Do yourself a favour: give the taxman less

Each year we give the Treasury pounds 5bn more than we need to. Tony Lyons offers a guide to keeping more of your hard-earned cash
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The Independent Culture
EVERYONE COMPLAINS about the amount they pay the tax man, whether it is on salaries and benefits or interest, dividends and capital gains. Yet many of us fail to take advantage of the tax allowances that can legitimately be claimed.

Are you running your financial affairs as efficiently as you can? Before you have to employ the services of an accountant and a financial adviser, ensure that you are being as astute as possible in organising your tax affairs.

Don't forget that husband and wife can elect to be taxed singly on their earnings, with both eligible for the single person's allowance. If the wife does not have any earnings, then the husband should claim the married allowance.

If your wife or husband has minimal or no earnings, it is worthwhile putting some investments and deposits in their name. If they do not pay tax, they can have their investment income paid gross.

In April next year, we will see the introduction of individual savings accounts, which will replace PEPs and TESSAs. Before the end of the year, the Government should tell us more about its ideas for the future of pensions, especially what it means about "stake-holder pensions".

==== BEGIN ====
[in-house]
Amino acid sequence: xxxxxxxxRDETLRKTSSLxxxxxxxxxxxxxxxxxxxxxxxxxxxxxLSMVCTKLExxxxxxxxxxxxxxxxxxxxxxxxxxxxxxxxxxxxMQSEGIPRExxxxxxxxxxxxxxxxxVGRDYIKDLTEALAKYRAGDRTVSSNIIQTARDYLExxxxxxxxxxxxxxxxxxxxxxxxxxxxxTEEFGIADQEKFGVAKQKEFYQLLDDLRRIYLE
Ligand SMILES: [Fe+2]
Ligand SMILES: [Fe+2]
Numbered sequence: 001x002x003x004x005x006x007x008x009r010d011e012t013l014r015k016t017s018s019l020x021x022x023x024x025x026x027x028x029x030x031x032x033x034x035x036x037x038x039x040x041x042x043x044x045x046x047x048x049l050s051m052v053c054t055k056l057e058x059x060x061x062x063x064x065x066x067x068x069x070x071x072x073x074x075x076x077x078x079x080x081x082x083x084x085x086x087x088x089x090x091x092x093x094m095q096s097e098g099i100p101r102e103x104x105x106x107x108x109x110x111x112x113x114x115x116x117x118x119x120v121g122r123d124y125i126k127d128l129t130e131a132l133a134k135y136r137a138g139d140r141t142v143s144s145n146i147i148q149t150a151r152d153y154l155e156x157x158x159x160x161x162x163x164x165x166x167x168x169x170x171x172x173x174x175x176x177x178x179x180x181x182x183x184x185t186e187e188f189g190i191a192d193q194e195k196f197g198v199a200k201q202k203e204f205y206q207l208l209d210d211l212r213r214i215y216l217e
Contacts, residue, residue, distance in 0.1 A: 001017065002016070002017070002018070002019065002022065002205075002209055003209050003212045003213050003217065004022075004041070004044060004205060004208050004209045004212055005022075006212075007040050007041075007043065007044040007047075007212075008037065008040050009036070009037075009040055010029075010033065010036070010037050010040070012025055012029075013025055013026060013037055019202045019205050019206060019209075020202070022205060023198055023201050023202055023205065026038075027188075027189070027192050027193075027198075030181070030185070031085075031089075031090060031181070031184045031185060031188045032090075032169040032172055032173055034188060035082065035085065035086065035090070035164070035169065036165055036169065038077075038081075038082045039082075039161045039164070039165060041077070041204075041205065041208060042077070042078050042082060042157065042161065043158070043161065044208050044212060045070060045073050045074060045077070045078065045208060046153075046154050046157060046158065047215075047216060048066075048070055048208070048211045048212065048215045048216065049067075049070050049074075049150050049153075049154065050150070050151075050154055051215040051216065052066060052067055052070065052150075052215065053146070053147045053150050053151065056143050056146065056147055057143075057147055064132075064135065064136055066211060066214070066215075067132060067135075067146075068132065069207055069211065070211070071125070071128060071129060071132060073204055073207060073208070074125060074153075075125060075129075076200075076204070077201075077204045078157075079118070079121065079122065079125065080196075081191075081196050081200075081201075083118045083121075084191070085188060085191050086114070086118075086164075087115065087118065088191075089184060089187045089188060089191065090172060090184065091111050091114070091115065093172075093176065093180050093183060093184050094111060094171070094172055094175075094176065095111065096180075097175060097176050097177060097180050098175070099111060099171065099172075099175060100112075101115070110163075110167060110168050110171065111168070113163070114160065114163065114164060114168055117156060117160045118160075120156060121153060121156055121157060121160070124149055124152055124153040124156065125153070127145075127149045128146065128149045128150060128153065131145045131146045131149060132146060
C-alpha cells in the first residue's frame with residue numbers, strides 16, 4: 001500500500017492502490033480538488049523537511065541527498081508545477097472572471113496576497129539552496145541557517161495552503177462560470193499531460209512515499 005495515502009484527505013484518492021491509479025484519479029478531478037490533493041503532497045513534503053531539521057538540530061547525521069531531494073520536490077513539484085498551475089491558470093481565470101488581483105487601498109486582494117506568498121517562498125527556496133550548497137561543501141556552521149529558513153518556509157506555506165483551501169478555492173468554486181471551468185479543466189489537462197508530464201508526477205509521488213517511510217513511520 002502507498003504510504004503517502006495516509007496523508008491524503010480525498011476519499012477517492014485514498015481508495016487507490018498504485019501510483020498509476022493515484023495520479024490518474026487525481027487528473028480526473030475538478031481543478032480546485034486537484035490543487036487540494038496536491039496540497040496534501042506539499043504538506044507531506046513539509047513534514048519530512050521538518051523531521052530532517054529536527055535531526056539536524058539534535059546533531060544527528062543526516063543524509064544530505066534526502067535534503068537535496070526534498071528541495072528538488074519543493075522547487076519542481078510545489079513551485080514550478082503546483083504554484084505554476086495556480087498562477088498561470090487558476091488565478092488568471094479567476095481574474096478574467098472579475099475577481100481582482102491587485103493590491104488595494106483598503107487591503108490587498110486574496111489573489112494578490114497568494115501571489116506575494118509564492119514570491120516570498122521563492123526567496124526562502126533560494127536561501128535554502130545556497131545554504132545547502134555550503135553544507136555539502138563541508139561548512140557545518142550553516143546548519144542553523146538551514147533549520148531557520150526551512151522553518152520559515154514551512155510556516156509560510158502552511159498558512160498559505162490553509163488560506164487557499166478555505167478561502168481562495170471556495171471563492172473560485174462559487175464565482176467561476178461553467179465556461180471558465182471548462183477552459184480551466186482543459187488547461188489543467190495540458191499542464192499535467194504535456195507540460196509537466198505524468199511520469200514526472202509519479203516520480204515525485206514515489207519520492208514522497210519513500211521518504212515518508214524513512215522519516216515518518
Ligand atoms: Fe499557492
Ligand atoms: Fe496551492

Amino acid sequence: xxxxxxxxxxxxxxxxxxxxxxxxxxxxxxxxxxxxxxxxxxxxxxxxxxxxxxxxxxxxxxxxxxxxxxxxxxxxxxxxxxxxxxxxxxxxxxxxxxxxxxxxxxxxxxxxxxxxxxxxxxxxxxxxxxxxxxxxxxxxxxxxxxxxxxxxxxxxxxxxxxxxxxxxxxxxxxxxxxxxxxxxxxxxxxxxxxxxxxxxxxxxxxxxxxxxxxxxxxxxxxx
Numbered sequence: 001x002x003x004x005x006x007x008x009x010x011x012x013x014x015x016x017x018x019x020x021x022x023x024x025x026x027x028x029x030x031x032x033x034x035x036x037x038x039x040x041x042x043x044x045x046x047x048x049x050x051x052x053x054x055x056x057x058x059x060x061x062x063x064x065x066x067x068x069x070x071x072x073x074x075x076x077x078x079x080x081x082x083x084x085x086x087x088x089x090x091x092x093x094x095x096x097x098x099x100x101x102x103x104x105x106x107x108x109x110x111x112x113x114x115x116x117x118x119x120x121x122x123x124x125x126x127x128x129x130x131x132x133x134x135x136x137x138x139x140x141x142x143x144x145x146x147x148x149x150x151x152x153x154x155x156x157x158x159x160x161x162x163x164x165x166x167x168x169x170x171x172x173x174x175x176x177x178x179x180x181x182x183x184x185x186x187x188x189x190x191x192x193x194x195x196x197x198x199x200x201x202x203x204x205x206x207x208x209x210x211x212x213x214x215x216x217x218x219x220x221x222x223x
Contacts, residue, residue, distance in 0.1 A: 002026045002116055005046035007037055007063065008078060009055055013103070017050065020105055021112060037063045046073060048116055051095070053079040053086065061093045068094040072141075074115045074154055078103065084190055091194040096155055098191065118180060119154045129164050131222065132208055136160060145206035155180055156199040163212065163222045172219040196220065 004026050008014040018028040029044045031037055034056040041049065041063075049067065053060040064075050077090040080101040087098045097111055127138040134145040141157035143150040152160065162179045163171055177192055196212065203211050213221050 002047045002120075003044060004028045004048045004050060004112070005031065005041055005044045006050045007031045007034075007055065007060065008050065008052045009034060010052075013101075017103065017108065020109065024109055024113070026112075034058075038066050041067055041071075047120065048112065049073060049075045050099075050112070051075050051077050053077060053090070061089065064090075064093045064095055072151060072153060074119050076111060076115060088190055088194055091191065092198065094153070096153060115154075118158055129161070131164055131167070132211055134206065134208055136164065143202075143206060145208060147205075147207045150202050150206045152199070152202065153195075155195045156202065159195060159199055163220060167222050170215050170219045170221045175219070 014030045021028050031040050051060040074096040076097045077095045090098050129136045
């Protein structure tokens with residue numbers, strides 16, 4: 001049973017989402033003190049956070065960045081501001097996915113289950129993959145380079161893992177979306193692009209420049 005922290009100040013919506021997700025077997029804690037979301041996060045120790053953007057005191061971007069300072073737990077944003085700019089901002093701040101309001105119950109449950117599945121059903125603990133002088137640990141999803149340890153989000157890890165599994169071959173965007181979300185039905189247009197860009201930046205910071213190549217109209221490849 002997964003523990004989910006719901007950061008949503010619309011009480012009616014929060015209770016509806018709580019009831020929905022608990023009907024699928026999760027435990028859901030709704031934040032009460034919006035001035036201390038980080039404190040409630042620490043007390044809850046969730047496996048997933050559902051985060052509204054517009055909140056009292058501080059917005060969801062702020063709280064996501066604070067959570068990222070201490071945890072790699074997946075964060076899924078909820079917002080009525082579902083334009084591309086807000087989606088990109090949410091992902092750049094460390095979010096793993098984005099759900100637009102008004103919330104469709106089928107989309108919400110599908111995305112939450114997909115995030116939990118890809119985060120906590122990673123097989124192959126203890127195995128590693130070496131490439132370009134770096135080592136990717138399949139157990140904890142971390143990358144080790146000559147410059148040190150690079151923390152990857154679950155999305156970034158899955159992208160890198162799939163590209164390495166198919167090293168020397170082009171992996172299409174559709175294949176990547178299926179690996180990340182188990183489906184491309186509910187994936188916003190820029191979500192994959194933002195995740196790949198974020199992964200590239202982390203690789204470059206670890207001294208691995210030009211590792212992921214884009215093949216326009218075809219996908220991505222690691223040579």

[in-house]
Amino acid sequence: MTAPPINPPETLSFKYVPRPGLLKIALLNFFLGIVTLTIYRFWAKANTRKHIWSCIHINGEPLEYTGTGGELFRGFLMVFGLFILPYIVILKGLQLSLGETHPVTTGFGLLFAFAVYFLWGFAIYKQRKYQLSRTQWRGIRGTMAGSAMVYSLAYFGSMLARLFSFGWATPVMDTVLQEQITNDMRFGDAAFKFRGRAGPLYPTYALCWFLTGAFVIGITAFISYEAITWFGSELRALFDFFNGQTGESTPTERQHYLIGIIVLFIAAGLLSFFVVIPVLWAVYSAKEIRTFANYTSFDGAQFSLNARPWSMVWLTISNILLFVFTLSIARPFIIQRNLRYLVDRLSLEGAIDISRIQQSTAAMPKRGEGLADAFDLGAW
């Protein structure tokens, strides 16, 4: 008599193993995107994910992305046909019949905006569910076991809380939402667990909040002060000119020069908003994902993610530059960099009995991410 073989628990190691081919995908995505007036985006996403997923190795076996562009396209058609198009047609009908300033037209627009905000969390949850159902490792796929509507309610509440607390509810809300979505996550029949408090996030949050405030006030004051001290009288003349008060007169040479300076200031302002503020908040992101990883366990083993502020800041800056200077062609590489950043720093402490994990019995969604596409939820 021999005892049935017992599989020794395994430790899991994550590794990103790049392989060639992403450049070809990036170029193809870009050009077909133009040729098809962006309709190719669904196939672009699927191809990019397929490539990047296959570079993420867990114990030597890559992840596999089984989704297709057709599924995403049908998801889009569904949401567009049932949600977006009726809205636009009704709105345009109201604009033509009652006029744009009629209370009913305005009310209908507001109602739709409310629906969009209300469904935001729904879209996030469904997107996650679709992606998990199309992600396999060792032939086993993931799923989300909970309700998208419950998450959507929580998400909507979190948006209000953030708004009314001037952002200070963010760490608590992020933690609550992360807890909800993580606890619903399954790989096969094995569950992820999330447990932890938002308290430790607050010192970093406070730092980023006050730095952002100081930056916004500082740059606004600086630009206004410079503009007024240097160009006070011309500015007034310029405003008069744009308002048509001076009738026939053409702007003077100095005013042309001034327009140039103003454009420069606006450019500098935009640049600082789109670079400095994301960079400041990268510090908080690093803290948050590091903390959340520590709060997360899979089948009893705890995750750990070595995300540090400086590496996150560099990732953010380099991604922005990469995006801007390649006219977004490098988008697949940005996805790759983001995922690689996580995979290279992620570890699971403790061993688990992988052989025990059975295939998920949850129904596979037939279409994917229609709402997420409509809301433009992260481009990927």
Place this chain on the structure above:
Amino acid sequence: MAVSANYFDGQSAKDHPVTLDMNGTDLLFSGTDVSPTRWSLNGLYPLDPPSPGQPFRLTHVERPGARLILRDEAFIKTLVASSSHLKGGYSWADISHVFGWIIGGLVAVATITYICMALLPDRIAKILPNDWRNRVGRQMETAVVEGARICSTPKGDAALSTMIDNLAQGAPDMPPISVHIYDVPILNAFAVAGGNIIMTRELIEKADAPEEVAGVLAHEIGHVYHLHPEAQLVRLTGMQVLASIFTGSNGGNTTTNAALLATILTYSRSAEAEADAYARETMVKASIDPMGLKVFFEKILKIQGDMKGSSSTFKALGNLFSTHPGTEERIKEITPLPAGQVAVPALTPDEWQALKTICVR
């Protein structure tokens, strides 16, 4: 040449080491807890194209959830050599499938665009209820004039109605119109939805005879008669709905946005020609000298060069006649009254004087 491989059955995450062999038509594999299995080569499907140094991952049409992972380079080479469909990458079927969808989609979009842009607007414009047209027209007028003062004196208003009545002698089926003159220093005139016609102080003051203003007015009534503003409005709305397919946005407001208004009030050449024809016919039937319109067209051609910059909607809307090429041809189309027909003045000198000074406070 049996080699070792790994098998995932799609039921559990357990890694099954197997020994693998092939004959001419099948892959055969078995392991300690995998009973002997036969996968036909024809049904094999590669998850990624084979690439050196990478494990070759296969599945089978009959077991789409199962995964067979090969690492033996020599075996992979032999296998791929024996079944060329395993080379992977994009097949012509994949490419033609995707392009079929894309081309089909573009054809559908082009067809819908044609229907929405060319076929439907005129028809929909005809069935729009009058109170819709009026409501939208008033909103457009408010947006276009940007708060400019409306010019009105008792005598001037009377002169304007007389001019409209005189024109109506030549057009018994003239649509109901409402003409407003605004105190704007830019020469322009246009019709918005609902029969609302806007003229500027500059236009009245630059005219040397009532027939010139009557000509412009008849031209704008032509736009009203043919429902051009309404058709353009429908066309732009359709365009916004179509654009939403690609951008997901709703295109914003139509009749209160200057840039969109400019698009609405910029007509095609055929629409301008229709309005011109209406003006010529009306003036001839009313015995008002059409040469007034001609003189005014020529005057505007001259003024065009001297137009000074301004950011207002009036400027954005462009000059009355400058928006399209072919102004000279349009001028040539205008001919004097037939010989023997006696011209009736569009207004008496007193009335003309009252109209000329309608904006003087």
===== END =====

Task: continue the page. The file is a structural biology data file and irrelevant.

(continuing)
These innovations will continue the recent history of various Chancellors of the Exchequer introducing legislation to encourage us to invest as efficiently as possible, something we fail to do. The Inland Revenue, for example, states that non taxpayers fail to reclaim some pounds 500m a year that they need not have paid, much of this on building society deposits.

A more recent survey by IFA Promotion, which puts people in touch with independent financial advisers, showed that as a nation we paid over pounds 5.5bn more in tax than we need to, equal to pounds 158 a head. Much of this was due to our not taking advantage of the various tax saving plans that are available.

As we have become more sophisticated about investment, so the choice of tax efficient products has grown. Once, it was just National Savings. Then as the government of the day became concerned about pensions, retirement products were encouraged. Then came encouragement to invest through business enterprise schemes, which were then followed by PEPs, just over 11 years ago, and TESSAs. So there is a wide range of tax efficient investments. This survey looks at some of the opportunities they offer for accumulating a nest egg.